A Global Standard

Back to Contents of Issue: May 2003

To discover how the system works, we talk to Larry Thompson, corporate officer and the man in charge of foreign customer sales and marketing.

by John Dodd

IT'S APRIL 15TH AND you're counting down the days before a well-earned break with the wife and kids in Europe for Golden Week. Suddenly the phone rings, and the boss breaks the bad news that you're overseeing a project for a major client -- every manager's nightmare.

There was a time when you'd have had to cancel the family trip and suffer the consequences. But this year, J-Phone and Vodafone have another solution -- true global roaming on your cellphone. Now you can eat a Big Mac on the Champs Elysees and get your messages and take urgent calls from the office. To discover how the system works, we talk to Larry Thompson, corporate officer and the man in charge of foreign customer sales and marketing.

JI: One of the big frustrations for foreign residents in Japan is dealing with cellphones. Not only is it hard to get English support in Japan, but also the mobile phone system here is basically incompatible with those used in most of the rest of the world.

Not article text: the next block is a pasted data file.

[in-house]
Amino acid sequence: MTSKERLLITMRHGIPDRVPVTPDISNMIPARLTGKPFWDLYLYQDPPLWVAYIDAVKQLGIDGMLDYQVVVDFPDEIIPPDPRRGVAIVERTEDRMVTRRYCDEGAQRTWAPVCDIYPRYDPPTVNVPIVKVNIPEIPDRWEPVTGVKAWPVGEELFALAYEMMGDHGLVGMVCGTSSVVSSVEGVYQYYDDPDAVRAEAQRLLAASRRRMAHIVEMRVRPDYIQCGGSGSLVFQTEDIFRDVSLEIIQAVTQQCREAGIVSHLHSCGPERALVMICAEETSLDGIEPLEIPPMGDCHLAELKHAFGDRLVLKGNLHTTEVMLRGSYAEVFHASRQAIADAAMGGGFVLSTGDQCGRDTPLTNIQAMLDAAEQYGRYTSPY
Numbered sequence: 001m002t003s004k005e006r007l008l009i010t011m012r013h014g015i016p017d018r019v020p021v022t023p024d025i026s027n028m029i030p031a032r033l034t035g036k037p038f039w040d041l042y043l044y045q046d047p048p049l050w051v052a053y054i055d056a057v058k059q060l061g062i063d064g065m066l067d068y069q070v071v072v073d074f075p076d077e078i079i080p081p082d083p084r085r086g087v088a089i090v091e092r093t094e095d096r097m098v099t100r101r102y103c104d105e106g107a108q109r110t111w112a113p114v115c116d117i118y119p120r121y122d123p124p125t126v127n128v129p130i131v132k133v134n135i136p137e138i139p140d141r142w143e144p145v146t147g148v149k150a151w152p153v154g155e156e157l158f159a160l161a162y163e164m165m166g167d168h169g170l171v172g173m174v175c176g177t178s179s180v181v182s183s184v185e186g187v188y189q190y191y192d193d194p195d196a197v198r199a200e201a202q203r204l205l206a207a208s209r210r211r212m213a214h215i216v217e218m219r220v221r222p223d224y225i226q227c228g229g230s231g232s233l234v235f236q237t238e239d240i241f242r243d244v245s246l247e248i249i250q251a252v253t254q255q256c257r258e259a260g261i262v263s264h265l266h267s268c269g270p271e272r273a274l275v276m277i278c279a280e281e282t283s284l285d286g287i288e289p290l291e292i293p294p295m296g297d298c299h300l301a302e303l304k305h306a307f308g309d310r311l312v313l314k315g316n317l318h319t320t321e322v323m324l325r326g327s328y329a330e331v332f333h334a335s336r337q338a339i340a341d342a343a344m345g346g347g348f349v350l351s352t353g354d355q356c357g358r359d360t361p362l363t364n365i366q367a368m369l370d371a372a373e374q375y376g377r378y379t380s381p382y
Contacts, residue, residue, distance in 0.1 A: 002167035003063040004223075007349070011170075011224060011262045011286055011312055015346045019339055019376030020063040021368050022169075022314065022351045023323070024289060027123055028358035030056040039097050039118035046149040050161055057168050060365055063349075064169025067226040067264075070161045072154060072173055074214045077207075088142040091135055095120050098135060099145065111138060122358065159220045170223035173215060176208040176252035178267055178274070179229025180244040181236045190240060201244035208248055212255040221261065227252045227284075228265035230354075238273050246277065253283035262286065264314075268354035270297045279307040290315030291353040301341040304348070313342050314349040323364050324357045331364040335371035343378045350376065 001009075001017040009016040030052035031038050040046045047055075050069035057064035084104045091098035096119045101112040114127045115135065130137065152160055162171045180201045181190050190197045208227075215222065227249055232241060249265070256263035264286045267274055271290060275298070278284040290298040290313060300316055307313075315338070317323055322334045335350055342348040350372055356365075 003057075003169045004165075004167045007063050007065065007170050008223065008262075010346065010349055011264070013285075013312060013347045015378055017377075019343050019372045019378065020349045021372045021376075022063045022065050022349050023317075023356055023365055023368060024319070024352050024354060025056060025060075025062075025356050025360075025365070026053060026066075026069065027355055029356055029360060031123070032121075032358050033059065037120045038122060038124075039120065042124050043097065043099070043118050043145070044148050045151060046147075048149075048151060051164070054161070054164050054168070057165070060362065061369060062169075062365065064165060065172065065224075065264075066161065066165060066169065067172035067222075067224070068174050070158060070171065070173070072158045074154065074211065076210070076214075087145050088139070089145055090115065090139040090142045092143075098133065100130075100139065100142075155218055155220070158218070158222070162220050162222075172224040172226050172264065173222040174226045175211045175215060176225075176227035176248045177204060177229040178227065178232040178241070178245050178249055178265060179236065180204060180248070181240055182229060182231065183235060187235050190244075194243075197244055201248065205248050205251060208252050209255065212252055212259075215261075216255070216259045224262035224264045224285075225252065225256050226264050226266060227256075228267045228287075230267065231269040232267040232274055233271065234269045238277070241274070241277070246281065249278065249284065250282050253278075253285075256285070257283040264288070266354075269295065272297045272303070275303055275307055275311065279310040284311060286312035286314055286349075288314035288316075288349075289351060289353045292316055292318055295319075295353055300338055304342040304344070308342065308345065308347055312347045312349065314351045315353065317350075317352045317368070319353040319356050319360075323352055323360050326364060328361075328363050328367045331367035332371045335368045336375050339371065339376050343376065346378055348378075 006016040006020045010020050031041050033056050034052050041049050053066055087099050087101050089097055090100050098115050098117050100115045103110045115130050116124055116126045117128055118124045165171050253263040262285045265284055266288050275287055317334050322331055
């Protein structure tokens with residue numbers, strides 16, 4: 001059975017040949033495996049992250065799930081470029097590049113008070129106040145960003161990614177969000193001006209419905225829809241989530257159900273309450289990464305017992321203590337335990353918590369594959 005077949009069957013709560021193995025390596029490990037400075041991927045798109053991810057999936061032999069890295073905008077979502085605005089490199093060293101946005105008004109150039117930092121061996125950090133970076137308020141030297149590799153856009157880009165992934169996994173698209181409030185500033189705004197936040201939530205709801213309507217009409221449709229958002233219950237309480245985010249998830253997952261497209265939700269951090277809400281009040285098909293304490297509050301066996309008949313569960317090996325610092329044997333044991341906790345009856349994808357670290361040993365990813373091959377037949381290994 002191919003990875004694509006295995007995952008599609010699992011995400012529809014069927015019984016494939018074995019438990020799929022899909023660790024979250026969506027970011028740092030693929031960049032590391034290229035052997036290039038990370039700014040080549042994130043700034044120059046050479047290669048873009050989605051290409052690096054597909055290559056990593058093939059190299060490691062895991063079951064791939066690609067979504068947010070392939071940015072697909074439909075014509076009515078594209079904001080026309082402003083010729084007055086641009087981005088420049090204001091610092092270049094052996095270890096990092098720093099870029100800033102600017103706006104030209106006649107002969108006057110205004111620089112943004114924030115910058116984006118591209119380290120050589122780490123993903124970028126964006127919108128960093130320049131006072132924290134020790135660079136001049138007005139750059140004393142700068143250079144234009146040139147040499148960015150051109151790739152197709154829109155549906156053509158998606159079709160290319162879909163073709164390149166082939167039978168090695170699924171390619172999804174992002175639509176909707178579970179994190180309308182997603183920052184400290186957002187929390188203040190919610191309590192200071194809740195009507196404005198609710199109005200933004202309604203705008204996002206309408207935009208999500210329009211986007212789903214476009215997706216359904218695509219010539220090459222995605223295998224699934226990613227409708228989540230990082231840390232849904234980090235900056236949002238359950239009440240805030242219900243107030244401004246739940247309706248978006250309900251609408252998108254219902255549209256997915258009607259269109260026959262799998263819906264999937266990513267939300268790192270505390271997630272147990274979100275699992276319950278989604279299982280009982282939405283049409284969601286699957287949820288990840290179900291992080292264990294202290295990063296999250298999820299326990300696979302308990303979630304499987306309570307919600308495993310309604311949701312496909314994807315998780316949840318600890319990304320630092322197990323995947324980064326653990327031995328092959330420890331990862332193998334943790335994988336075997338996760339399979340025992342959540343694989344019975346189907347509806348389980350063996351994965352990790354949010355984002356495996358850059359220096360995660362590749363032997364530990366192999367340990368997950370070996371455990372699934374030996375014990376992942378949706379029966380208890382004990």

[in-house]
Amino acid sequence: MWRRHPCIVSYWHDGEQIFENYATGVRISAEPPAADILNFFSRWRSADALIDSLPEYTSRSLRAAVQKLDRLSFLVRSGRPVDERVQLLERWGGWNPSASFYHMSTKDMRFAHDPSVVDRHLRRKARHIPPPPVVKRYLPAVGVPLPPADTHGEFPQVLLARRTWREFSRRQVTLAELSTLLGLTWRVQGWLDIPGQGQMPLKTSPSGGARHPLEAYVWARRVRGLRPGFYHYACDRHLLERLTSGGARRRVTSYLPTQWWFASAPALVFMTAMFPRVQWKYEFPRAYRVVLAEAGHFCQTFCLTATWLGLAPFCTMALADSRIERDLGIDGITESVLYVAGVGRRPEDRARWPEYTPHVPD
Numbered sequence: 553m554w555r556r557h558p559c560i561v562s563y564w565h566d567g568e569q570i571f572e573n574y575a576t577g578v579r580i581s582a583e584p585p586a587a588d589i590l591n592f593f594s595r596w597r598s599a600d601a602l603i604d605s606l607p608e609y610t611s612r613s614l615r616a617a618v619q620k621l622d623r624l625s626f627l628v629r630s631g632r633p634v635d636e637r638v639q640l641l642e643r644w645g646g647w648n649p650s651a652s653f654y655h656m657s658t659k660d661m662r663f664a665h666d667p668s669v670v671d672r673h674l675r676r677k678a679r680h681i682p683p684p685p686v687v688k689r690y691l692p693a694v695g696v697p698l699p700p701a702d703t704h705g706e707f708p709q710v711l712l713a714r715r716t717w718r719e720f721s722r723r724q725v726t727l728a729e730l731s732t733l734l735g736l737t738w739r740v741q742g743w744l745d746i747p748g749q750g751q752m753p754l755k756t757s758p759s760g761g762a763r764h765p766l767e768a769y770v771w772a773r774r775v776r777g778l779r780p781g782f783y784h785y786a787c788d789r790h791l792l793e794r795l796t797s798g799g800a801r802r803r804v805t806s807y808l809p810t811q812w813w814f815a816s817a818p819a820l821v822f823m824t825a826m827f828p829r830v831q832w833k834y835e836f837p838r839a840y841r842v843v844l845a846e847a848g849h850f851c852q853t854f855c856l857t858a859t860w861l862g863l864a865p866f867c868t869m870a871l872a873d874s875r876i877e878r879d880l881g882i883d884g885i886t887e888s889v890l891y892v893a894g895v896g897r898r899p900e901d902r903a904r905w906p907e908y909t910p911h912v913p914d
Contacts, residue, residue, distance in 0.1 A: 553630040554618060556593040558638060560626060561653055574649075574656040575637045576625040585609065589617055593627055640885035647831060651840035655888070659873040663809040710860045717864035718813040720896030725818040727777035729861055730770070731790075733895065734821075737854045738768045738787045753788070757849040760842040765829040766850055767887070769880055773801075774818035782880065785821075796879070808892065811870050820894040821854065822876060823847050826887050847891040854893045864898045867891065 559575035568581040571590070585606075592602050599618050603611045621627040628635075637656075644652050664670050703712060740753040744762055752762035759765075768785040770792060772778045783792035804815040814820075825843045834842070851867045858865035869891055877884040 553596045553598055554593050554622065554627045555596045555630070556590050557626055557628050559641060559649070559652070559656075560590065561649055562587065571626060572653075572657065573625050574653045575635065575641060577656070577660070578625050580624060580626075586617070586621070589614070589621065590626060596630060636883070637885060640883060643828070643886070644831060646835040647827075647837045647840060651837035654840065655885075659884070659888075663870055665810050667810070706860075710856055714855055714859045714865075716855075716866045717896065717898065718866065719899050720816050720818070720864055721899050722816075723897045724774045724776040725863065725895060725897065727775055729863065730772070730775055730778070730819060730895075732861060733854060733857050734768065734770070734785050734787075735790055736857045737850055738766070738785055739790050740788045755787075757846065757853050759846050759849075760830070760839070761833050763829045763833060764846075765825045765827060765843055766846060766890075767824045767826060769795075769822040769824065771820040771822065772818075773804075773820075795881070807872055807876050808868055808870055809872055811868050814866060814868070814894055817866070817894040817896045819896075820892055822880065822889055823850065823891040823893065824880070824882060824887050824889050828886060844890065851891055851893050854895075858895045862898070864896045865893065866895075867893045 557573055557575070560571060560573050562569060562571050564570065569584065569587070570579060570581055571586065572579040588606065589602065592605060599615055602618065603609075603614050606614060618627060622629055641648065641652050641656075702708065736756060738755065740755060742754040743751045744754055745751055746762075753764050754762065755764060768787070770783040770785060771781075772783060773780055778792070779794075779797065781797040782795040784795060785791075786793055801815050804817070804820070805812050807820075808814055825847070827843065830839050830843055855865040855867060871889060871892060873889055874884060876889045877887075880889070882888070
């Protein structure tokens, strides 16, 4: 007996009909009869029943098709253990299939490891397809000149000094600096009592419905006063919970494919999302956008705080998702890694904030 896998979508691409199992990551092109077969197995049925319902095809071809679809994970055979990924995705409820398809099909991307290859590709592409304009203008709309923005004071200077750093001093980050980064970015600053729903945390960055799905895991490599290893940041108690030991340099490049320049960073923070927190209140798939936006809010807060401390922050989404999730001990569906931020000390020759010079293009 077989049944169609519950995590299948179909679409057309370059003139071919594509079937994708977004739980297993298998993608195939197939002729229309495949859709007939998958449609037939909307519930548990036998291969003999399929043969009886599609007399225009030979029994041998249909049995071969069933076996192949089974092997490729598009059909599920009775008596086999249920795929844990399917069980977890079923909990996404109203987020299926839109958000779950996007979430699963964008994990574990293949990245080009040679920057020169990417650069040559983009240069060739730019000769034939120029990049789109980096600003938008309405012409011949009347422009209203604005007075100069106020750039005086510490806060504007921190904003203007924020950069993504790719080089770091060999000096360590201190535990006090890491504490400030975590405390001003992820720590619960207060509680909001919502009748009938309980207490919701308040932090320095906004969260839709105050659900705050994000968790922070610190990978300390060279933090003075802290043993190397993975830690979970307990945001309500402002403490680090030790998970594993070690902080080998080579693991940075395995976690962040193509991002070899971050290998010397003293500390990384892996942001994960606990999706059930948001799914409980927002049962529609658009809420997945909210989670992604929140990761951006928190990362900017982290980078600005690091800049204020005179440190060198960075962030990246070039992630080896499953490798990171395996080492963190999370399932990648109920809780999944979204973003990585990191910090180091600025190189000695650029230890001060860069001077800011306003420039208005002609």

LT: Yes, we at J-Phone are highly aware of this and we decided to make servicing the foreign market one of our main points of distinction. For this reason, we have developed a number of solutions that help foreign residents get mobile in English, as well as allowing overseas travelers to get mobile outside Japan with a single, low-cost, easy-to-use handset -- the Motorola V66.

International businesspeople need to stay in touch with "home," be that their Japan-based office or their family. Right now, the options for international roaming are either inconvenient or expensive -- like having to organize and rent a handset for each trip or having to buy multiple overseas handsets and maintain multiple accounts.

The Motorola V66 handset, on the other hand, is an ideal solution. This is a really great little unit that supports all the different GSM standards used overseas: namely the US standard, 1900Mhz, as well as the European and Asian standards of 900Mhz and 1800Mhz. Since there is no GSM network in Japan, unfortunately it doesn't work in Japan. [Ed: Or Korea].